1. Americans do not need visas only for air travel to Malabo, not via ground. This one seemed to be a fake initial excuse, as they moved on from it after 10 minutes of contesting their claim.
  2. I am Chinese (descent), therefore Chinese and not American (despite the American passport), therefore require a visa. This was an interesting argument – after waiting an hour for the (unhelpful) border guard to call Malabo and pleading my case, the guards stood firm.

I called the American Embassy to see what help could be provided, but they said there was indeed precedent for such decisions – in two years, I was the second American of non-Caucasian descent to be denied entry on the second argument (the other was Cameroonian-American). This was a problem that could not be solved with a bribe, as the head border guard made very clear. Also, having an American consulate ambassador was unhelpful, as no Equatorial Guineans were willing to talk on the phone.

Ultimately given the lack of traffic in the area and high suspicion of foreigners, I’d imagine other Americans of non-Caucasian descent will have the same problems. If you need to enter Equatorial Guinea by land, be sure to have contacts on the ground – not only will this help your entry case, but you will be able to avoid (some) bribery on the road to Bata.

For those able to enter, some information that may be of use:

  • The road to Bata has 7-8 checkpoints as of August 2011. Each checkpoint demands from 0 to 5,000 CFA, with 3,000 to 5,000 CFA being the normal payment. This information came from a Cameroonian and a Chinese group – if you have contacts in the country or are American, the bribes may be lower or non-existent (if you believe the rumor that Americans are not allowed to be bribed)
  • The road is newly paved.
  • When I was there on Thursday afternoon, many of the border guards, on both the Cameroonian and Equatorial Guinean side were drunk. Most also had AK-47’s. It is probably best to travel weekday mornings, and I would avoid Saturday at all cost.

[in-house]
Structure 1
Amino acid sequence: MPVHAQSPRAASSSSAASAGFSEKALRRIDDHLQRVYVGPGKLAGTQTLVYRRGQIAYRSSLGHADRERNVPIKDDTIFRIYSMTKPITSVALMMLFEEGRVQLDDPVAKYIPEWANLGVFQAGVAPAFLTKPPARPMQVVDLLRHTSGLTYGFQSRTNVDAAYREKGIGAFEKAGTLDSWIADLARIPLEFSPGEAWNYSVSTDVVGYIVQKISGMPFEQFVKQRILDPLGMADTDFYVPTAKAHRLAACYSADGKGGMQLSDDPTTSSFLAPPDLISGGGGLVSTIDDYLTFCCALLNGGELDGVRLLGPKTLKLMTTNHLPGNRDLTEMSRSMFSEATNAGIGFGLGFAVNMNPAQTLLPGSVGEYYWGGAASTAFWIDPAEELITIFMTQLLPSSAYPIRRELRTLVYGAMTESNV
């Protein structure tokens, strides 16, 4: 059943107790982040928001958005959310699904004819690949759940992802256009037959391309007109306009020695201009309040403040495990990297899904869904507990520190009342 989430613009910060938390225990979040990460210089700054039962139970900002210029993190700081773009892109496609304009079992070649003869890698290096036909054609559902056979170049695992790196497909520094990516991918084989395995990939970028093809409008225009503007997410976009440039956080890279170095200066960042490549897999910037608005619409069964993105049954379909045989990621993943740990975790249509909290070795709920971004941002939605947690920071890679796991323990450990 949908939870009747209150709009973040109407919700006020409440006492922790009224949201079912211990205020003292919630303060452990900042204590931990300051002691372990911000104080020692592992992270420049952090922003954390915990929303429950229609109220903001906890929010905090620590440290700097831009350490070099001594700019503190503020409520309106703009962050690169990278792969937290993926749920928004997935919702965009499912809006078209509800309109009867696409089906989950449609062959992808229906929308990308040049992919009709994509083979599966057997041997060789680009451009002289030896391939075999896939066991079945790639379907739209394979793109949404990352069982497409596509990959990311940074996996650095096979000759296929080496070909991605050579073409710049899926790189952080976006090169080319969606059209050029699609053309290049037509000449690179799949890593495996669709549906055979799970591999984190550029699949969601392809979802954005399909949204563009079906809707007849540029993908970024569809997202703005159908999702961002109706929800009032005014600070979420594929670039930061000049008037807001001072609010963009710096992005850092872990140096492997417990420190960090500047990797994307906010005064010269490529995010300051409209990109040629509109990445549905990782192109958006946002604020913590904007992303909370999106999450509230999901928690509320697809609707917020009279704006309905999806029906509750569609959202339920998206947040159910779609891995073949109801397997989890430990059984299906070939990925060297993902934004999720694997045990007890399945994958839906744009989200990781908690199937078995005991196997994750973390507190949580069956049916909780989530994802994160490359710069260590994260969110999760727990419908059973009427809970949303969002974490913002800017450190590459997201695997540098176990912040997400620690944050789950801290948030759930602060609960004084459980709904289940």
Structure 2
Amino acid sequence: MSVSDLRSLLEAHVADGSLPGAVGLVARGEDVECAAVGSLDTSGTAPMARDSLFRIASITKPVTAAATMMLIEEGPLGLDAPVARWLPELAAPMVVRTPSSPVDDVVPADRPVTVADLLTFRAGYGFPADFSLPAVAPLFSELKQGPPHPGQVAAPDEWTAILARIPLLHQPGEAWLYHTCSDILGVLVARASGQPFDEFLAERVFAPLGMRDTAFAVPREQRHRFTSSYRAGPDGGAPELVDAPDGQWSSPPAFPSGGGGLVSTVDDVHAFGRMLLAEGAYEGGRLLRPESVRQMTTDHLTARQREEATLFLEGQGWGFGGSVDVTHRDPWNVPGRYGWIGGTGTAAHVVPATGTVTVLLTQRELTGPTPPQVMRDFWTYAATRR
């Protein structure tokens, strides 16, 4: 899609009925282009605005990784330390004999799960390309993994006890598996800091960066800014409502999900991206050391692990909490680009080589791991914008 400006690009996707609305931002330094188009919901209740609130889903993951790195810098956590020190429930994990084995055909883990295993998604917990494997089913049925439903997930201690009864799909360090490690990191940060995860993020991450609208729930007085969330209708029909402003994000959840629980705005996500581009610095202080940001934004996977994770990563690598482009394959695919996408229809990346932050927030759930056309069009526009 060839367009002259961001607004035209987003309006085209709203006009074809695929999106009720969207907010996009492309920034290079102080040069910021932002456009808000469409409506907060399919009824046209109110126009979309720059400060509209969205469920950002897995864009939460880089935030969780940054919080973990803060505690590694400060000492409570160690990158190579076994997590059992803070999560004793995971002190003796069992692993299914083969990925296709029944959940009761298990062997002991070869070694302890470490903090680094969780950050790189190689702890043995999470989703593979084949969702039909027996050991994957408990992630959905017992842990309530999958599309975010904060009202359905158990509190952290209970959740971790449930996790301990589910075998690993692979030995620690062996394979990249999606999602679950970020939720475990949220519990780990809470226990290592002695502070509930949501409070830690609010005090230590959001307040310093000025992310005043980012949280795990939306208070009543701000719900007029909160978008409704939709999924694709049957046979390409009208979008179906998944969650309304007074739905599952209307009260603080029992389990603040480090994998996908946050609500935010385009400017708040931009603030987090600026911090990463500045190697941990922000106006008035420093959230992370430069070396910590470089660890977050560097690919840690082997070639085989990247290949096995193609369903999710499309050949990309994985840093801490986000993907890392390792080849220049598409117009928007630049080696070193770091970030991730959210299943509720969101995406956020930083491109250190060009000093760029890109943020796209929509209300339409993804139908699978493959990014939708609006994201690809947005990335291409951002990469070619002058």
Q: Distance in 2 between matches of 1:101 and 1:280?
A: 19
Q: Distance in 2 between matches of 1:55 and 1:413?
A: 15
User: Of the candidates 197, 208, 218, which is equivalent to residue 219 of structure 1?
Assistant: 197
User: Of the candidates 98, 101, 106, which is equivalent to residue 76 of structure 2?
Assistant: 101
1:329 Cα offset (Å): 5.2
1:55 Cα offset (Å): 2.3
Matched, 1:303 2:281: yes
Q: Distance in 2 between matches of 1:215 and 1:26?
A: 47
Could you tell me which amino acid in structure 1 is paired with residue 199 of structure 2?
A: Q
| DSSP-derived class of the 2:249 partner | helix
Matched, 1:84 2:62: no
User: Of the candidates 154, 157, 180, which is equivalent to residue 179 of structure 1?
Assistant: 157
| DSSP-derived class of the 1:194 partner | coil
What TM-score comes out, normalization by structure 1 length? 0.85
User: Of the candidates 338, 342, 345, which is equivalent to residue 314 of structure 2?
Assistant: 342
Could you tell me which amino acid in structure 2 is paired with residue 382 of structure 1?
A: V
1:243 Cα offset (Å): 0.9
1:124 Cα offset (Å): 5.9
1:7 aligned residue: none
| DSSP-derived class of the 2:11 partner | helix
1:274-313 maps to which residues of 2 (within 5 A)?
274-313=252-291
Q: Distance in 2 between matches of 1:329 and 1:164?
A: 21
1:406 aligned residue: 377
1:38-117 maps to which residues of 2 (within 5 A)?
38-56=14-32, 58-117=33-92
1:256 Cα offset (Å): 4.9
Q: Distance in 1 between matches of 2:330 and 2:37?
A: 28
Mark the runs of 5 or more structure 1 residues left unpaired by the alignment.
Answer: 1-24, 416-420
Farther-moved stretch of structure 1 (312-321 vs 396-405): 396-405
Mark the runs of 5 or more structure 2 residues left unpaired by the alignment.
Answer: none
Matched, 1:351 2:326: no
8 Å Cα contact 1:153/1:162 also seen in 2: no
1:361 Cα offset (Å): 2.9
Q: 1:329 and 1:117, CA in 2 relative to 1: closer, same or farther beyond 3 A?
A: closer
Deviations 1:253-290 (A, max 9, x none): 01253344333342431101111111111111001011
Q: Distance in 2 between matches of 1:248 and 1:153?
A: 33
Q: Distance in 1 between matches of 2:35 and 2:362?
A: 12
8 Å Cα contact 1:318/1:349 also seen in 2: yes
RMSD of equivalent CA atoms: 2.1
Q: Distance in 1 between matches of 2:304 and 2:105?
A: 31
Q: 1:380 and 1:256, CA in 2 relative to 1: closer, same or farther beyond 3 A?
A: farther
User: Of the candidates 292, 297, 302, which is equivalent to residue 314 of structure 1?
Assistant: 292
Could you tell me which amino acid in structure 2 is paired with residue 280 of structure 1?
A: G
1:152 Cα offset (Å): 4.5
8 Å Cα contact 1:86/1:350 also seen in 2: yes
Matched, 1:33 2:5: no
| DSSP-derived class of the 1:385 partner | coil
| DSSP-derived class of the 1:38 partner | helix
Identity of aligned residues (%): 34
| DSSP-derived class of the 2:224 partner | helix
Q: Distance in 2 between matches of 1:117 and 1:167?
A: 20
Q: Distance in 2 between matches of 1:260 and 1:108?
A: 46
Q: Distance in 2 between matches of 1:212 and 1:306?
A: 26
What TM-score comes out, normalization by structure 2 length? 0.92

• If you are trying to transit to Gabon through Cogo, it should take 8-10hrs total transport time.
  • For best results, speak only English (even if you know Spanish or French). It'll force a translator.

A Beginner’s Guide to Taxi / Public Transport in Yaoundé, Cameroon

At first, utilizing the public transport in Yaoundé (or any other Central African country) can be daunting – in Yaoundé at least, the non-African system of minibuses is non-existent, to be replaced by “shared taxis” or “combis.” These taxis make up half of the traffic of Yaoundé, and consist of up to (6) passengers (excluding the driver), each going to different destinations along a variably-set route.

To begin, there are three ways to take the taxis. The default way is by “combi” – where a trip costs 200CFA around town (the distances vary, but seem to be around 3km). In this setup, you stand on the side of the street, and wait for a taxi to approach (it may or may not honk to indicate it is free). Then, through the window you shout your destination, proposed cost, and number of passengers. The taxi driver will then honk or motion to indicate it is acceptable, or drive away otherwise. You ultimately are paying for one seat in the taxi. When you reach your destination, you can stop the cab by saying “C’est bon” and pay on the way out.

Then, the format is: “(location) (proposed cost) (passenger number)”, for example “Hôtel des Villes” or “Casino Supermarché, trois sont,” or “L’ambassade de Chine, trois sont, deux place.” For 200CFA taxi rides and for just one person, don’t include the cost or “place” designation per the first example. Also, for more than one seat it is assumed the fare quoted is per person. The place is generally an accepted landmark. Negotiation doesn’t occur, except for drivers asking “Combien?” occasionally to default 200CFA requests; however, the majority of taxi owners will not try to rip you off. That said, not having change is an endemic problem in taxis; even if you have a 500CFA coin for a 200CFA taxi, before entering it is imperative to say “J’ai __ franc s’il vous plait” to imply you need change at the end of the ride.